The beautiful thing about true Islam is that it draws one closer and closer to their heart, and in that they open up to the world around them. Love flows.
How Islam is Making Me a Better Human
Say the word Islam in the West, and you’ll get mixed reactions. From being highly misunderstood (uh, yes, Jesus is actually a prophet in Islam), to being feared and hated, there is so much that is misconstrued about the religion. As with anything, the less one knows about something, the easier it is to fear and objectify it.
My path as a white, Midwestern female who has chosen Islam may come as a shock to many. Yet, I chose it because I saw how powerful Islam was in the lives of my friends and family members; how it made them kinder, more peaceful, and more alive. Here are just a few of the many ways Islam is making me a better human being.
It Centers Me
Never before in my life have I needed structure in my life so greatly. Having made the decision to be a stay at home mother with my son, my days are very loose, and oftentimes, very isolated. There’s no school bell marking the hours passing, nor is there the comradery of lunch break with coworkers or meetings throughout the day for social interaction. Though I have certainly found a rhythm to the day, the passing of time through the five prayers has been an incredible source of strength and peace for me.
Though I’ll admit I don’t generally make all five prayers, the mere reminder that it is time for prayer from my iPhone, helps to ground and recenter me. Amazingly, my three-year-old son also knows what the call to prayer (Azan) means, and now reminds me, “It’s time to pray, Mama.”
It Puts Things into Perspective
The West is really famous for believing we have everything within our control. From a young age we are told, ‘If you can dream it, you can do it.’ Certainly, I believe in the power of manifestation, but the older I get, the more I must succumb to the truth that we just aren’t in charge.
We can’t change when cancer comes for a loved one, or whether or not we get chosen for that dream job. We can only do our best, and follow the plan that Allah has made for us. And coming from a long-standing place of perfectionism, this comes as a huge relief. Instead of trying to constantly control things, I can be in the moment, resting in that is all with purpose, whether it is a difficult chapter of life or a celebratory one.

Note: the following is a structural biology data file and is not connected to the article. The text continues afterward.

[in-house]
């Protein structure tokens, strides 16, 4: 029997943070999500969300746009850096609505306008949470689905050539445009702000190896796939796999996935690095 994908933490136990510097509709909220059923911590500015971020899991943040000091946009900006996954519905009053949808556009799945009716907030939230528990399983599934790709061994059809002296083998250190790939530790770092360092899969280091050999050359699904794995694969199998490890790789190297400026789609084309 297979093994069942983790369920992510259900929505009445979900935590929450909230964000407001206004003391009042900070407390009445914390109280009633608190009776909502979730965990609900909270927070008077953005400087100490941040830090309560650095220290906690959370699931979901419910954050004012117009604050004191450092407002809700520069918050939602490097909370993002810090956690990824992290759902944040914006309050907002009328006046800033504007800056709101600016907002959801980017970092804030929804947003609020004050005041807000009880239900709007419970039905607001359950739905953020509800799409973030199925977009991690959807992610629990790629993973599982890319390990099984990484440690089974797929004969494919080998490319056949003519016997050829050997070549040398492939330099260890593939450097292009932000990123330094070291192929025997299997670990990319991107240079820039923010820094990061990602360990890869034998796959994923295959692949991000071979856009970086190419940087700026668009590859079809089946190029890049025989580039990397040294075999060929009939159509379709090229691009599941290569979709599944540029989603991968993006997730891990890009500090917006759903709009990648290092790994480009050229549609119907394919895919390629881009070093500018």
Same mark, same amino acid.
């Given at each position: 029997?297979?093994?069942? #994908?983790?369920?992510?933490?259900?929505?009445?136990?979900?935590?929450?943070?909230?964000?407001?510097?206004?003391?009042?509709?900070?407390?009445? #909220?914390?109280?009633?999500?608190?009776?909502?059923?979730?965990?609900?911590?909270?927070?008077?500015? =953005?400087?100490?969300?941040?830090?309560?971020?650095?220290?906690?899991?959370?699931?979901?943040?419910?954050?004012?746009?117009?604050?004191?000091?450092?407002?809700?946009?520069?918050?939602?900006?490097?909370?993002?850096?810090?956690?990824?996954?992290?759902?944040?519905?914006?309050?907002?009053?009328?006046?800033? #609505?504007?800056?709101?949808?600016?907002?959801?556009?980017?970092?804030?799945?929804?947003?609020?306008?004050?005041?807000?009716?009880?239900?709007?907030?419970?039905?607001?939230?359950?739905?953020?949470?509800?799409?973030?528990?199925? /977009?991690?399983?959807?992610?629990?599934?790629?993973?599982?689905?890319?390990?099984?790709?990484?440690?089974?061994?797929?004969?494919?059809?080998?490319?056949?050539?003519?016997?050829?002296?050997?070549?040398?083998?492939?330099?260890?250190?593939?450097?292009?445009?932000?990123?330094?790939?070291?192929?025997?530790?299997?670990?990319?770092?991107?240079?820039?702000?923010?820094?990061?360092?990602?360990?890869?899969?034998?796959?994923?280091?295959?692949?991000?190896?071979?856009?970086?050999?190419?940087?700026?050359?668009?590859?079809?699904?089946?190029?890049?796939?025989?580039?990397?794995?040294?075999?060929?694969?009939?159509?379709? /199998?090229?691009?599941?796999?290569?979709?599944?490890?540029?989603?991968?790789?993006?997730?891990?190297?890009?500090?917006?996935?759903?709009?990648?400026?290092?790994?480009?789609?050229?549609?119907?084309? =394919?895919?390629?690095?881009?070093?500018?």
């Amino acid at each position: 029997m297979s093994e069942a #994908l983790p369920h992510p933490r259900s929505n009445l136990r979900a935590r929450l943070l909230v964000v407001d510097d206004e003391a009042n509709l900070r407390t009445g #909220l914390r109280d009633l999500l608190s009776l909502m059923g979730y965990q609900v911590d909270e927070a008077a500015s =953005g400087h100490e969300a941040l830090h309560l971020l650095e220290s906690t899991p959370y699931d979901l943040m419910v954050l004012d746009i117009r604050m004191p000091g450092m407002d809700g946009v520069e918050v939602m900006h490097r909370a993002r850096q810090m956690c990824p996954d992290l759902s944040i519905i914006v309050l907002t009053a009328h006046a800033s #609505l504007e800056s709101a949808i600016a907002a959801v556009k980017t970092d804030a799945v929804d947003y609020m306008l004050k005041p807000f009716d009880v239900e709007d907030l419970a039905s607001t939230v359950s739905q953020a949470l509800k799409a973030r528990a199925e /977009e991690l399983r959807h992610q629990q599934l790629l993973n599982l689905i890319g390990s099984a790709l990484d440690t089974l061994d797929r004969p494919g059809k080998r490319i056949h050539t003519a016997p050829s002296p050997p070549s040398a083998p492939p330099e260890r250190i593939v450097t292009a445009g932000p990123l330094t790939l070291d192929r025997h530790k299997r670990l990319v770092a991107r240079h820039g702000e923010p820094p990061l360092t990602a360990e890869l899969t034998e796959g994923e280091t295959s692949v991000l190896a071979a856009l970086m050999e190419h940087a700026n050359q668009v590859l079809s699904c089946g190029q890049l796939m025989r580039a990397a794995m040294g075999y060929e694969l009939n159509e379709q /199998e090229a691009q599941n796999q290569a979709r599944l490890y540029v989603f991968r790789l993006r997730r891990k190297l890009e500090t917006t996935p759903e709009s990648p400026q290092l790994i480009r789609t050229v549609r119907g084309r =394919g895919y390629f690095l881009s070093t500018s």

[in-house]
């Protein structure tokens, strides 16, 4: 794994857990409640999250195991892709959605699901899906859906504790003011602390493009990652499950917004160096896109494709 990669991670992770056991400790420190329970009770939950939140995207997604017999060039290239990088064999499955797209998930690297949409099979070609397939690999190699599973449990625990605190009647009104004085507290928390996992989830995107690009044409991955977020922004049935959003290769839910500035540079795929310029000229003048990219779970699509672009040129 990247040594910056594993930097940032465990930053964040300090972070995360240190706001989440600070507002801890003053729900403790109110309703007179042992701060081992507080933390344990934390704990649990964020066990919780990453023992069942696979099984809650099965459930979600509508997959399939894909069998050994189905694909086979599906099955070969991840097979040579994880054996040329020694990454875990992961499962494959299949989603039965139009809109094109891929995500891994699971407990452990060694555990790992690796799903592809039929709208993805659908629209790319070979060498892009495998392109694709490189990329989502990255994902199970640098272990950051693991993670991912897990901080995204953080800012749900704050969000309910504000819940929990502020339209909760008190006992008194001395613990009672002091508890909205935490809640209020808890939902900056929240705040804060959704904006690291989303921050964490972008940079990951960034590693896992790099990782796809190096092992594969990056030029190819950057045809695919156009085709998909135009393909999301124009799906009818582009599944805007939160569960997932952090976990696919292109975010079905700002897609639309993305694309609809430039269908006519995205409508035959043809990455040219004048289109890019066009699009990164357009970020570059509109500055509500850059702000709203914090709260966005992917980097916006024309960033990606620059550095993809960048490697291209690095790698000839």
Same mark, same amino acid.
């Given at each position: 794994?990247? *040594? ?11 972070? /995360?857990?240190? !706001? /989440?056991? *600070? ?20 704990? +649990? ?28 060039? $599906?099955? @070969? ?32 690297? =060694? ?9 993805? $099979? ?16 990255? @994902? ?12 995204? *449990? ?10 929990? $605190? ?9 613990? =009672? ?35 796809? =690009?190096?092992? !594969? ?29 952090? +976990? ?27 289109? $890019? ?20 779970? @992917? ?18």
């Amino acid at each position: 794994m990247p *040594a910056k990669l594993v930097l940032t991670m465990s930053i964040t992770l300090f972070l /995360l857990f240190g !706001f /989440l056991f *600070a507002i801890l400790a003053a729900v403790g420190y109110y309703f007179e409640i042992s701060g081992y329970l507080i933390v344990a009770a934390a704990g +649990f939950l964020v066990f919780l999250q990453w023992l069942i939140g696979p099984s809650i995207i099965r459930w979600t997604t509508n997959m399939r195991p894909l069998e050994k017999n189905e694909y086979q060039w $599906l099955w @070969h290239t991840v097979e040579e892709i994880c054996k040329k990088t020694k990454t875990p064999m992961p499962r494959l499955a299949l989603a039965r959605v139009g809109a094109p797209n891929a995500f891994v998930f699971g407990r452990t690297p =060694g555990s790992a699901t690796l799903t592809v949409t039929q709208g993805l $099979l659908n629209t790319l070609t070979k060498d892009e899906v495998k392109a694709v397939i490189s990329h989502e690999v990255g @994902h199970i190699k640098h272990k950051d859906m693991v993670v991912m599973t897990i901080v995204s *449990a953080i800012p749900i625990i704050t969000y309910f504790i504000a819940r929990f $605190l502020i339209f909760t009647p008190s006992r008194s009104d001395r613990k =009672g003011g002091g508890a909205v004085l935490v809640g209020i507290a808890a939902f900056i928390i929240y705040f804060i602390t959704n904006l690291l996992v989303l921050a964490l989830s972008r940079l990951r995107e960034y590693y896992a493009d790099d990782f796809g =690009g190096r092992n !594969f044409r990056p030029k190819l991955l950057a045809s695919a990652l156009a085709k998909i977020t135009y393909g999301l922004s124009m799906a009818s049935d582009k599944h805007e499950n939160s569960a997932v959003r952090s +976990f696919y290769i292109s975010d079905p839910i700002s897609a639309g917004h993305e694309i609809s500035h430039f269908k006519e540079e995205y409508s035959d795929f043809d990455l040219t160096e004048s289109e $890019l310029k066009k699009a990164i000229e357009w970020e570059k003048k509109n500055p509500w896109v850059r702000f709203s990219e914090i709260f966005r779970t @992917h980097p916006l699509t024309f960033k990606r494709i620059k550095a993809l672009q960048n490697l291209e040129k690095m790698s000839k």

I Am Never Alone
There’s a great quote by Abu Bakr Kharraz, the first ruler of the Caliph following the death of the Prophet Mohammed (peace and blessings be upon him), that states:
has the right
to say “I”
I love this short poem so much because it is so full of truth. How often do we get caught in our ego, thinking that we are alone in our experience? When we open to the truth that we are all one, and what we are experiencing is universal, life becomes so much less lonely.
The Rust is Shed From My Heart
There’s a saying in mystical Islam, Sufism, that when you do the practice of Zikr—or chanting Allah’s name—the rust falls from one’s heart. Ask anyone how they feel after singing for an hour, or playing music, and I promise you they are more alive than when they began.
The beautiful thing about true Islam is that it draws one closer and closer to their heart, and in that they open up to the world around them. Love flows. The light seems brighter, and the air tastier. There is a presence that fills one’s self that is more clear and true than without this path.
I’m Making Better Choices
Islam is a full lifestyle, one that directs not only matters of the heart, but also the body. Before I came to really identify with Islam, I was very nonchalant about what I put into my body. Often I ate a very sugary diet, frequently drinking alcohol. With every step that I take in raising my consciousness, an equal step is asked of me through my consumption.
Though I don’t necessarily think that a slice of cake is bad, nor that a glass of wine is inherently evil, the words of the Quran ring true, “The sin is greater than the benefit (al-Baqarah 2:219).” In fact, because there is nowhere in the Quran that explicitly states that alcohol is forbidden, I think it makes the responsibility of the person even greater as they use their good judgment.
I’m (Trying) To Be a Better Parent and Partner
With every step, I aspire to be a better mother and partner to my husband. Having a guide in the Quran and in the practices of Islam, I find I am able to do so. Surely, I mess up and have to try time and time again, but I am so relieved to not have to make the rules up myself.
Accepting that I am only human and do not know the way is my first step in submission to Allah. When I allow Allah to enter my heart, I open myself up to become an instrument to Allah.
I’m Surrounding Myself with Amazing People
There’s a psychological effect of surrounding oneself with positive, God-centered people. You lift each other up to a higher vibration, encouraging positive practices of Salah, fasting, and Quranic study. Some of the best people I have met in the past few years are those who are connected to Islam.
Al-Muhasibi says, “Your best friend is the one who: seeing him reminds you of Allah, speaking to him increases your knowledge, and his actions remind you of the hereafter.”
Gratitude to Islam
Not having been raised in Islam, I am always aware of what I am learning in the Deen. Islam has become a gentle gem to me, revealing my inequities through the love and grace of Allah, but also offering up a second chance to really know and understand God.
Though these are only a few facets of the way that my life has been affected positively by Islam, they are all important ways that my life has improved since taking Shahada, Alhamdulillah.